Translation: Let’s trust the professionals
From: Translation Bureau
On this page
Like you, I wouldn’t ask a friend to fix my car just because he likes to tinker, or ask someone to prepare my income tax return just because she’s good with numbers. It’s the same with translation: it’s crucial to entrust your English texts to a professional translator.
I live in Toronto, where there are few Francophones and even fewer fluently bilingual people. This state of affairs can result in some pretty comical situations in everyday life, but especially at the office.
There are pros and cons of machine translation
Reluctant to bother me for “simple” translations, my Anglophone colleagues are increasingly relying on machine translation tools to come up with a quick translation for a sentence. Just hearing the words “machine translation” makes me cringe. Let’s get something straight: machine translation has its advantages, but it has a lot of limitations, too. The software just needs to misinterpret one word, and you end up with a sentence that’s completely absurd. Of all the nonsensical things I’ve ever seen, my favourite is still a website’s home page button, which had been translated into French by the word Domicile instead of Accueil! As you can well imagine, my eyes almost popped out of their sockets when I saw that mistake!
Asking a Francophone for help may not be a good idea
Maybe some of your colleagues, acquaintances, neighbours and friends speak French as a mother tongue, but that fact doesn’t make them translators! In fact, knowing how to speak French is one thing, but knowing how to write it correctly is something else. And we all know that the French language is full of subtleties, exceptions and traps that turn it into a minefield for anyone who hasn’t mastered it. Bilingual Francophones are not necessarily capable of translating a text, and they don’t necessarily want to, either.
Translation isn’t just replacing one word with another
We’ve all seen bad translations before. And no one appreciates poor-quality service, even if it was inexpensive. That’s why it’s important to make an informed choice and opt for an experienced translator, with genuine expertise. Canada is lucky enough to have excellent translation associations, including the Association of Translators and Interpreters of Ontario and the Ordre des traducteurs, terminologues et interprètes agréés du Québec, as well as many others. I recommend that you use them to find a professional!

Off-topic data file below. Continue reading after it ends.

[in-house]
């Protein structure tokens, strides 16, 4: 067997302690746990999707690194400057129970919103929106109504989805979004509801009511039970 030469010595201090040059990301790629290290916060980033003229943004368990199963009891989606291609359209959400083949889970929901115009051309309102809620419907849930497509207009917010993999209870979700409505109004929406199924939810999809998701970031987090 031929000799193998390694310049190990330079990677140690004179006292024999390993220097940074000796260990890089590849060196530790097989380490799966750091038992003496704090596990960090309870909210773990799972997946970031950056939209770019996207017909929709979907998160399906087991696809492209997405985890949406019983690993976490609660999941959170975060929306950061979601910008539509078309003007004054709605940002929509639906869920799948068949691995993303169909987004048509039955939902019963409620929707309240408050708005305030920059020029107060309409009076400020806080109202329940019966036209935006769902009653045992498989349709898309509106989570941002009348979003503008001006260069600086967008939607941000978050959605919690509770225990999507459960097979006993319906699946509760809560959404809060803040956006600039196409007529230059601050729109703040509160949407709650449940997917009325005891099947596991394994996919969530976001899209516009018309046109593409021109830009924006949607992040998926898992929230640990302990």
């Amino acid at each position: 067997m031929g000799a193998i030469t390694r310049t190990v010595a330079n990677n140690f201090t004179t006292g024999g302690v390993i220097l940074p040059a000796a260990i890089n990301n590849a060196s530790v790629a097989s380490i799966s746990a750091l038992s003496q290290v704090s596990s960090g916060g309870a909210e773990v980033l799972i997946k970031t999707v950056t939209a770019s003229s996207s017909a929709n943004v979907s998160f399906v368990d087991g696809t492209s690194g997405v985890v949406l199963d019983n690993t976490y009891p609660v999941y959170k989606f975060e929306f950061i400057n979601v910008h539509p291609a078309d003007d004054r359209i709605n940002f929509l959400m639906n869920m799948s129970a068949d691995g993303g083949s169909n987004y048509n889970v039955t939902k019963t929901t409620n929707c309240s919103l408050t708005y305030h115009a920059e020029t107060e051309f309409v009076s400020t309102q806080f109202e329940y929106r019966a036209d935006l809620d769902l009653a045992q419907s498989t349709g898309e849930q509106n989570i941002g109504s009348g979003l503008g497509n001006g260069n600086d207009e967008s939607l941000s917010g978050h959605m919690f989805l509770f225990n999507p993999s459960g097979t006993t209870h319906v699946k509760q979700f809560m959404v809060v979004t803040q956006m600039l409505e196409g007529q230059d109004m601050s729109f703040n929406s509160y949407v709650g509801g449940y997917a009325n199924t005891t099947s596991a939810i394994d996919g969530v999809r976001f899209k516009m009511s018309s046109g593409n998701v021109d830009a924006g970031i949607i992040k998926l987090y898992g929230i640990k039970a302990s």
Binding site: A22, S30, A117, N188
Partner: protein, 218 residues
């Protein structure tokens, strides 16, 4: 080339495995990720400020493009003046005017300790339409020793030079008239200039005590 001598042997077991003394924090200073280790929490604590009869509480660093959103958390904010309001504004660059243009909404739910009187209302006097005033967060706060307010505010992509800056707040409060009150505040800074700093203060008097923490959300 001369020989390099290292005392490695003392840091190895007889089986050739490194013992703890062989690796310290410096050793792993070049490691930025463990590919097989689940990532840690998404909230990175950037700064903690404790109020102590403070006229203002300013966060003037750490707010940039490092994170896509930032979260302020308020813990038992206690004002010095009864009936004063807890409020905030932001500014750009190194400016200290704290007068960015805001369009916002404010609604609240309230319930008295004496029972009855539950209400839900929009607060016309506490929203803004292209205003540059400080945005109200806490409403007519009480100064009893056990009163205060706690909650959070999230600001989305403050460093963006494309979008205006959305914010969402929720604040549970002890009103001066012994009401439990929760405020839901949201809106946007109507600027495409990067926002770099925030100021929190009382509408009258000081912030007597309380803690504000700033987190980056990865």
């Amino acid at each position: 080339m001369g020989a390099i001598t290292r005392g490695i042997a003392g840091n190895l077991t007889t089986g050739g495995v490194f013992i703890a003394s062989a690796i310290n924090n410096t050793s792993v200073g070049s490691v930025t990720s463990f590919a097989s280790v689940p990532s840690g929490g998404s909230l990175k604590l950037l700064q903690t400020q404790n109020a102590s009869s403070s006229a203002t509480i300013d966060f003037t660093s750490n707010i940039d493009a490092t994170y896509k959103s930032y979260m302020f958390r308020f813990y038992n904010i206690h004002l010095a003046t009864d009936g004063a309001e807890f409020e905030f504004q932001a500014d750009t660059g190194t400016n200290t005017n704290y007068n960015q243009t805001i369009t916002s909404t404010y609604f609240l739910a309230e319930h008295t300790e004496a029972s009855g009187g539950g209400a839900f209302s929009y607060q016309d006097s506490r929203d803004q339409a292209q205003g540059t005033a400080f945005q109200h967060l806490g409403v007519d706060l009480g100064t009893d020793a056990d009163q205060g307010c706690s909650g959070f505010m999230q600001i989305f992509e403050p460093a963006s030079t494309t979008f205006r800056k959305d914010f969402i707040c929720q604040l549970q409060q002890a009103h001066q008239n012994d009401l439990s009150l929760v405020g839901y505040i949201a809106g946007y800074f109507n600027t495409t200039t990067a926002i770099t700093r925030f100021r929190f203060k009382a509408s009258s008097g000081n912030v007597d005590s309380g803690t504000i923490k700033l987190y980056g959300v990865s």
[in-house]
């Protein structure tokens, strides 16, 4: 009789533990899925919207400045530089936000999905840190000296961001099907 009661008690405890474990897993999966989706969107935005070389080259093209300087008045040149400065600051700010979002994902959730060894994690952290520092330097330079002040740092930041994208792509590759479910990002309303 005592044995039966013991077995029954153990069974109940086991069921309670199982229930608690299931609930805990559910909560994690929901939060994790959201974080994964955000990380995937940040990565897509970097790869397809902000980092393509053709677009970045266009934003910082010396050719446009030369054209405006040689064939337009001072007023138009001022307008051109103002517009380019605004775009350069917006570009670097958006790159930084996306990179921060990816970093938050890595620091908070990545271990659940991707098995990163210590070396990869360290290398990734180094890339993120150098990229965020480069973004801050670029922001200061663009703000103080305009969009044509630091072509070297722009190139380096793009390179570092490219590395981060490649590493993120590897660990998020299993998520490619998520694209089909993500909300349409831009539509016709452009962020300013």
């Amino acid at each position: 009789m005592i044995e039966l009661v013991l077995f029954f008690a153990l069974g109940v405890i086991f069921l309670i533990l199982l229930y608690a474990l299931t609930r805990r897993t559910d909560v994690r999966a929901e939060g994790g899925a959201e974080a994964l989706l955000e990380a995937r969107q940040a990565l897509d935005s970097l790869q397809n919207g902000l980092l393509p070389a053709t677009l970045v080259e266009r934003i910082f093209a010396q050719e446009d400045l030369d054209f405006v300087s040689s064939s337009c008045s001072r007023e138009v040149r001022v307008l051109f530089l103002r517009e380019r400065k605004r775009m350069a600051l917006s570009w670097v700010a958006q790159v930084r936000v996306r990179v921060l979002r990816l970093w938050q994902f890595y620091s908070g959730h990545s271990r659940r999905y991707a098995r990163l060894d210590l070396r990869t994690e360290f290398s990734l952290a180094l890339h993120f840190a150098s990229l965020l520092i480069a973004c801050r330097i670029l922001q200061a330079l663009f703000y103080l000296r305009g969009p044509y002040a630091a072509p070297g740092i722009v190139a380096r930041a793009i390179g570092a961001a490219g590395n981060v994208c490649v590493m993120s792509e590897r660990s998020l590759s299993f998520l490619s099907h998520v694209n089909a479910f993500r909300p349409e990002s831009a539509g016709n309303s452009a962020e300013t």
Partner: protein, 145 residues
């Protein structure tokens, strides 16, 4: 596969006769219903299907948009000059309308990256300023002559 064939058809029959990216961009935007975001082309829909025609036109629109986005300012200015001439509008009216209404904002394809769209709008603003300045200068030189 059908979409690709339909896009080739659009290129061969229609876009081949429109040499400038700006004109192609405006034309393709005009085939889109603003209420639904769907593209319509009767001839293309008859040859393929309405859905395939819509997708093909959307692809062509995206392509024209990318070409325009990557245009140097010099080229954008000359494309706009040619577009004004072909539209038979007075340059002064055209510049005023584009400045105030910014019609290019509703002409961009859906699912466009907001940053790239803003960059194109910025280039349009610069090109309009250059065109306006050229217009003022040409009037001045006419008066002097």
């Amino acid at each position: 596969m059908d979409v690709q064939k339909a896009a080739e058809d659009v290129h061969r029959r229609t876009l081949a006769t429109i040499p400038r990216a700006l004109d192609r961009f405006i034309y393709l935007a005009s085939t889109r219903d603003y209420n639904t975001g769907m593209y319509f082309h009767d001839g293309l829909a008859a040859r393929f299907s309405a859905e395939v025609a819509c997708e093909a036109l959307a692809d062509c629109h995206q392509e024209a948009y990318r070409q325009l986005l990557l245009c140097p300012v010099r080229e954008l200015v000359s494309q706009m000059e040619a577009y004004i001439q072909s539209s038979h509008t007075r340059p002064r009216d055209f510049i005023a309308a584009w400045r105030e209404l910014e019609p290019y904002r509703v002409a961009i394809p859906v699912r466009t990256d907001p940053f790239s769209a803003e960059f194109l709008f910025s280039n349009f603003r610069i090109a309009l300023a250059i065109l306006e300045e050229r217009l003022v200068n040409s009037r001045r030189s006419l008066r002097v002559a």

What does it mean to be a professional translator?
What are the characteristics of professional translators? Here’s a short list for your enlightenment, but note that translators do not have to meet all the criteria below to give excellent service.
- They have studied translation or have equivalent training.
- They are members of a professional translators’ association.
- They translate into their mother tongue and have an excellent knowledge of spelling, grammar and syntax.
- They are experts who translate texts on subjects and in fields they are familiar with, whether architecture, engineering or the arts. This expertise means that they are proficient in a technical language that uses very precise vocabulary, rather than approximate terms. For example, you wouldn’t ask a literary translator to translate a financial statement.
- They choose correct terminology by using data banks such as TERMIUM Plus® and the Grand dictionnaire terminologique (in French only).
- They use a wide variety of writing tools. My favourite tools in French are Clés de la rédaction, the Rouleau des prépositions and the Dictionnaire des cooccurrences.
- They ask questions about the text to make sure they have understood it correctly, and they sometimes find inconsistencies in the source document.
And what about you? I’m sure you’ve come across some bad translations yourself … So share some gems with me in the comments section. I’m looking forward to reading them!
Translated by: Josephine Versace, Language Portal of Canada
The opinions expressed in posts and comments published on the Our Languages blog are solely those of the authors and commenters and do not necessarily reflect the views of the Language Portal of Canada.
Leave a comment
Please consult the “Comments and interaction” section on the Canada.ca Terms and conditions page before adding your comment. The Language Portal of Canada reviews comments before they’re posted. We reserve the right to edit, refuse or remove any question or comment that violates these commenting guidelines.
By submitting a comment, you permanently waive your moral rights, which means that you give the Government of Canada permission to use, reproduce, edit and share your comment royalty-free, in whole or in part, in any manner it chooses. You also confirm that nothing in your comment infringes third party rights (for example, the use of a text from a third party without his or her permission).
Comments are displayed in the language they were submitted.